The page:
Ghostboy, Chameleon & the Duke of Graffiti by Olivia Wildenstein [Review]


I think this book had potential. I mean, it markets itself as a tearjerker about a little boy dying of cancer, a perfect read for fans of John Green and Rainbow Rowell. Aaaand, it’s told from the male character’s perspective. There are so many books out there in the contemporary and dystopian genres about a girl relaying her encounters with a certain guy in painstaking and incredible detail. Not that there’s any problem with that but like I said, there have been so many. It becomes repetitive. So, when I chanced upon this book, I wondered how refreshing it would be to see how a guy falls head over heels for the mysterious girl. If that’s what you’re looking for, I’d say move along to another book.

I feel that the author failed to capture how a teenage guy thinks. It lacked the right amount of authenticity to give him a convincing voice. The number of times the word breast appeared here is somewhat disturbing. Sure the guy is sixteen, brimming with raging hormones and all that. But it seemed like that’s all he ever noticed. There was one scene where Cora nodded as an answer to Duke’s question and guess what? “Her manga-inspired hair brushed against her breasts.” Like dude. We get it. Females have breasts.

Another thing that really irked me is that this book exudes sexism, especially in the beginning where Duke saw Cora as someone he had to fix. As if he wouldn’t be able to take it if he can’t demonstrate his masculinity with a hammer and a wrench as he tries to repair whatever’s broken. I almost gave up but thankfully, there was one thing that saved this from total ruin: Duke and Jaime’s relationship. Cora and Duke were going nowhere. There was no build-up in their chemistry (if there ever was any chemistry to begin with). But as Duke grew to care for and appreciate Cora’s little brother Jaime, I felt the compassion that his two-dimensional character extremely needed. Their poignant friendship built on make-believe superhero stories gained superiority over Duke and Cora’s romance. If only the author delved into this aspect with much more confidence, it would have given the book its rightful depth.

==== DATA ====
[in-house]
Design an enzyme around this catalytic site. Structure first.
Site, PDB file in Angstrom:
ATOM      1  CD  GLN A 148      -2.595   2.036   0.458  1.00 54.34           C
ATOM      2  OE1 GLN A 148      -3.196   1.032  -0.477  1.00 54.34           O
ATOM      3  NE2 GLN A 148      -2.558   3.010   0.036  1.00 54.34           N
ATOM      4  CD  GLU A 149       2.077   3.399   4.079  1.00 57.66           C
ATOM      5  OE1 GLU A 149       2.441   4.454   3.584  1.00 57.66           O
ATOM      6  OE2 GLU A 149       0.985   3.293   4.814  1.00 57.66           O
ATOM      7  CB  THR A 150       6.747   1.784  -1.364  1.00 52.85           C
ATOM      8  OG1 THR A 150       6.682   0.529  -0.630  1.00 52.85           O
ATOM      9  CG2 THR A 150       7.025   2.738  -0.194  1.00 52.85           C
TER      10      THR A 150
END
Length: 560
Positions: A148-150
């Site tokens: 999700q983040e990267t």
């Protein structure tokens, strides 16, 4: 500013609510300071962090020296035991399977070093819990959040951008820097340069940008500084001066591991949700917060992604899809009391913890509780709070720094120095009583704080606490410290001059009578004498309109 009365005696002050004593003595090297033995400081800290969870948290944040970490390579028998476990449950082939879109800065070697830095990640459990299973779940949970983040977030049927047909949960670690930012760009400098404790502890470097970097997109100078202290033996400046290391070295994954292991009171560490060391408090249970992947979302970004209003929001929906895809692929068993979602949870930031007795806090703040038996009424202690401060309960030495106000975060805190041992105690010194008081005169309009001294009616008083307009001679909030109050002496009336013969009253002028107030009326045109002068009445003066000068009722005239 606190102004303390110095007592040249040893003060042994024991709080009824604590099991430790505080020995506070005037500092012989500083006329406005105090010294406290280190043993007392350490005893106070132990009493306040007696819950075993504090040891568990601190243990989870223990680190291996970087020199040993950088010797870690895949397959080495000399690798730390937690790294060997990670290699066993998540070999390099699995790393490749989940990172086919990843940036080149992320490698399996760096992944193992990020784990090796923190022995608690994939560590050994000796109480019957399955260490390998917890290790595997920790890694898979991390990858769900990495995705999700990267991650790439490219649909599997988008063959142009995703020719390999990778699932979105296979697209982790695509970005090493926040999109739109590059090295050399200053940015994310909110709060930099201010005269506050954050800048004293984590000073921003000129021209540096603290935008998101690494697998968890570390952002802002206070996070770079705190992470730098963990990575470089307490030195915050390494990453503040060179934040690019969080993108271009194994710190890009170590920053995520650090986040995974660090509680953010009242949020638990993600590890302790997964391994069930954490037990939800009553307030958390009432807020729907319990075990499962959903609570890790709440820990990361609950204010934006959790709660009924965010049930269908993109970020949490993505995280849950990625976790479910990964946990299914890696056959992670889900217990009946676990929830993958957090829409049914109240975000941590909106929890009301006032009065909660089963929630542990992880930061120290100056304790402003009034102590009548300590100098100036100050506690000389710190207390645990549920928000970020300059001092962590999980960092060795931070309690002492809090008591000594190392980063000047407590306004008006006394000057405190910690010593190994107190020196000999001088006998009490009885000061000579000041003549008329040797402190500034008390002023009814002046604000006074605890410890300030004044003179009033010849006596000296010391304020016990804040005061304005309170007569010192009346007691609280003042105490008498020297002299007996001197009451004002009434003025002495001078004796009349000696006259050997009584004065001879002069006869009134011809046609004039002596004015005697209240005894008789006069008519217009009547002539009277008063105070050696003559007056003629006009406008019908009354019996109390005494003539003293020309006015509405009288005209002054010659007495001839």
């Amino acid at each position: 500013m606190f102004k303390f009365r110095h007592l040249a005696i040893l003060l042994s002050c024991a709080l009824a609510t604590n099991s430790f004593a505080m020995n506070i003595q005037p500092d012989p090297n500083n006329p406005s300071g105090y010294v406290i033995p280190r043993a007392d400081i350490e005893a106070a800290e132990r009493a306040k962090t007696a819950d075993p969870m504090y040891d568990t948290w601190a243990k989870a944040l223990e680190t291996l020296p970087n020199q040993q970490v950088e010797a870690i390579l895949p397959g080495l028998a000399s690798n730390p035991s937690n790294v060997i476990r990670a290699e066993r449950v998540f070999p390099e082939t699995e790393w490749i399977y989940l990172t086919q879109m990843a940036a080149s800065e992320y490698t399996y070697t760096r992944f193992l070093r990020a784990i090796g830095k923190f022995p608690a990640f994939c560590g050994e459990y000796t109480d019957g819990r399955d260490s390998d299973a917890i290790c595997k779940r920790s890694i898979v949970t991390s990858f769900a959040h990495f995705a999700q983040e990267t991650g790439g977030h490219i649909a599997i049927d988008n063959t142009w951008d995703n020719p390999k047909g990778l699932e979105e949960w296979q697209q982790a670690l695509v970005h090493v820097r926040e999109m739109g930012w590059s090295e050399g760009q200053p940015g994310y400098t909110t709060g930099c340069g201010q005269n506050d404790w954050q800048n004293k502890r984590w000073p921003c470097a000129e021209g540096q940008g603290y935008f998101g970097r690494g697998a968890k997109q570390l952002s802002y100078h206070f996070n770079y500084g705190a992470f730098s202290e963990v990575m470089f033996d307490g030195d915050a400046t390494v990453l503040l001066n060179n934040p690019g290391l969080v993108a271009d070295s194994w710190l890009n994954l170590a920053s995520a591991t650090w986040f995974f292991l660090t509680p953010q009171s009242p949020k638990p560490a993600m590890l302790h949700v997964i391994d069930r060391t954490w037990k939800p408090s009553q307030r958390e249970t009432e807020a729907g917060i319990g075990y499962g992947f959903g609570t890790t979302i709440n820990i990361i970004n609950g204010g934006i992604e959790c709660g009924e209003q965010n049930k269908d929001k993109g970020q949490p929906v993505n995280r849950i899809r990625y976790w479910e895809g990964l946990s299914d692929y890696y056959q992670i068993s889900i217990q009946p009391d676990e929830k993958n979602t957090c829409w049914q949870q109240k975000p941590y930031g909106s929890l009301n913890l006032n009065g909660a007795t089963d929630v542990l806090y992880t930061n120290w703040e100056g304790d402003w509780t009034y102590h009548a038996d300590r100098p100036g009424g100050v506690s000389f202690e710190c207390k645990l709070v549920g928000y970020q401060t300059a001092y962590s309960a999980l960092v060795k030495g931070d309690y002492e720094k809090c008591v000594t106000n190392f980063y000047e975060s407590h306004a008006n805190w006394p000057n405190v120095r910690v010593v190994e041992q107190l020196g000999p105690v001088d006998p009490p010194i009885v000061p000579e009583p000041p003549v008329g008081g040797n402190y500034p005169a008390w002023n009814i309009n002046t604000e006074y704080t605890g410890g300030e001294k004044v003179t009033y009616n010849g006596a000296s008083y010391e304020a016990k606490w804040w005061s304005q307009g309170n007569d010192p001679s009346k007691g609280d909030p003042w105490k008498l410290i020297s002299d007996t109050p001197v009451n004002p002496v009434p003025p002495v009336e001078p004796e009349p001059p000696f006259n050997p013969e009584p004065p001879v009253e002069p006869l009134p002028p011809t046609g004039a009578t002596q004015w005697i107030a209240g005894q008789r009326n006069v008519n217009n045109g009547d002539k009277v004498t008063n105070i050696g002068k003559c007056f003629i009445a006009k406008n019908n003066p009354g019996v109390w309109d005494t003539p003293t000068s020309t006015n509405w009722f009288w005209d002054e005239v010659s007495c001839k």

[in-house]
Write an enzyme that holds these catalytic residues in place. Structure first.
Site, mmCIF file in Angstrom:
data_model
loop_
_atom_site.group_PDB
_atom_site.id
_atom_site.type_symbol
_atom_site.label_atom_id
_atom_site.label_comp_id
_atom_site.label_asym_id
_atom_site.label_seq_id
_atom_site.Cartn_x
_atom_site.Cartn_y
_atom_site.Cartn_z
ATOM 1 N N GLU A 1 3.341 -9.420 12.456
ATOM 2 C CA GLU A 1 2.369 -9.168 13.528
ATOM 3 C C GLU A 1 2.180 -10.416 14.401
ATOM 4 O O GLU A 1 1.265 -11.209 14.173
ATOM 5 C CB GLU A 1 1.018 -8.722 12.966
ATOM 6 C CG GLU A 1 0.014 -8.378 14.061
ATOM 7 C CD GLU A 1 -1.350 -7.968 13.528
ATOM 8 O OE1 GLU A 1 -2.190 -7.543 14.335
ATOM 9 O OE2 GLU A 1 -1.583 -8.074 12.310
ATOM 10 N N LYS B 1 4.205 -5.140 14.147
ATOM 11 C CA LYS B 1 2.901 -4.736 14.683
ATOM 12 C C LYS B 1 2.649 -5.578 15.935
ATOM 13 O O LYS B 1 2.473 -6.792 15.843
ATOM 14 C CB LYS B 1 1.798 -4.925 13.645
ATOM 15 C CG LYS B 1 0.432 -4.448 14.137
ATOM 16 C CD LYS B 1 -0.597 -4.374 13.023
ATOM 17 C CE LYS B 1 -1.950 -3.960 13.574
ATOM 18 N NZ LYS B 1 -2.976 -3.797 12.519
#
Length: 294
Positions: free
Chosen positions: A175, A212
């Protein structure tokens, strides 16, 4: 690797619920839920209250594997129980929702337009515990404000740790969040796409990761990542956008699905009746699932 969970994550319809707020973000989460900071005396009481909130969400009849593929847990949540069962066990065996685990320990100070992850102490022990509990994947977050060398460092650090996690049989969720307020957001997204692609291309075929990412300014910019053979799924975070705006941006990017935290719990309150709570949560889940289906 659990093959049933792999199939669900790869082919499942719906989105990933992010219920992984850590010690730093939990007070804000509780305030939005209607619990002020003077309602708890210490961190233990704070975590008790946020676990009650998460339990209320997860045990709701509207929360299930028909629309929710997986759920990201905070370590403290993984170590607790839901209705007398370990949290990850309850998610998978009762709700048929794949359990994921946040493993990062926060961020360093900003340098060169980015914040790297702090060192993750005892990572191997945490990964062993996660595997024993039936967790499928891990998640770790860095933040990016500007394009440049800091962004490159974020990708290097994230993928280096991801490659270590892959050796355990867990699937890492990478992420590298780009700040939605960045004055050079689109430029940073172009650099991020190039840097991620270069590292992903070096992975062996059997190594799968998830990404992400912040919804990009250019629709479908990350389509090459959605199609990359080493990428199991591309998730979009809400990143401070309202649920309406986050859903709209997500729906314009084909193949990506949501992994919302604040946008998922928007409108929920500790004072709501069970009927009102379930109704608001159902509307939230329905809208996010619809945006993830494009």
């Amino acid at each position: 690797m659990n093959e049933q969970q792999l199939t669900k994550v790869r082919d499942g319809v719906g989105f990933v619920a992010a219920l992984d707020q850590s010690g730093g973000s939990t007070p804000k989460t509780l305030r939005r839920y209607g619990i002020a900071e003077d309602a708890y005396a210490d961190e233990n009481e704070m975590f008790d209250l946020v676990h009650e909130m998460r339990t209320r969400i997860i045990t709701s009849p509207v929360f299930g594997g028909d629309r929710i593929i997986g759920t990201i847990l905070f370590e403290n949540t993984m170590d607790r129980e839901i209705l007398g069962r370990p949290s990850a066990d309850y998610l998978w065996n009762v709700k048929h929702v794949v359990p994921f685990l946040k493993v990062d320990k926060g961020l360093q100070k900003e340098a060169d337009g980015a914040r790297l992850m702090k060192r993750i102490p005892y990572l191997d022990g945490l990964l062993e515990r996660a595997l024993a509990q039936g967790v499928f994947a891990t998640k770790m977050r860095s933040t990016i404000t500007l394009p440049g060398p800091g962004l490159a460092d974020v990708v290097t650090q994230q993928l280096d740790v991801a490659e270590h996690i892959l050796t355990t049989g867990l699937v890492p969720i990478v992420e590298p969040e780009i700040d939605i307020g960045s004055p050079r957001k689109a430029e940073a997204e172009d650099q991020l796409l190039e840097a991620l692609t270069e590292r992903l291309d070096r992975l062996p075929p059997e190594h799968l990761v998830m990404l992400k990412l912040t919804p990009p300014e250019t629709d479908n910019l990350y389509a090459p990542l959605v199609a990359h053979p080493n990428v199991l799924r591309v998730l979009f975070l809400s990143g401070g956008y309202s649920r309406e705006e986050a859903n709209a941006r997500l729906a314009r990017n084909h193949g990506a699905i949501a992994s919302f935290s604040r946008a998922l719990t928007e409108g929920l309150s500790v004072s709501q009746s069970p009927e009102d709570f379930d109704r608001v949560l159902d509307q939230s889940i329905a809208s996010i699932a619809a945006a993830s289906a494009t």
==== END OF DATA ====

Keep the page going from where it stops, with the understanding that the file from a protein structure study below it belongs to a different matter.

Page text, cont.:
Note: I received a free copy of this book from NetGalley in exchange for an honest review.

Rating: 2 out of 5 stars

Shelve this on Goodreads


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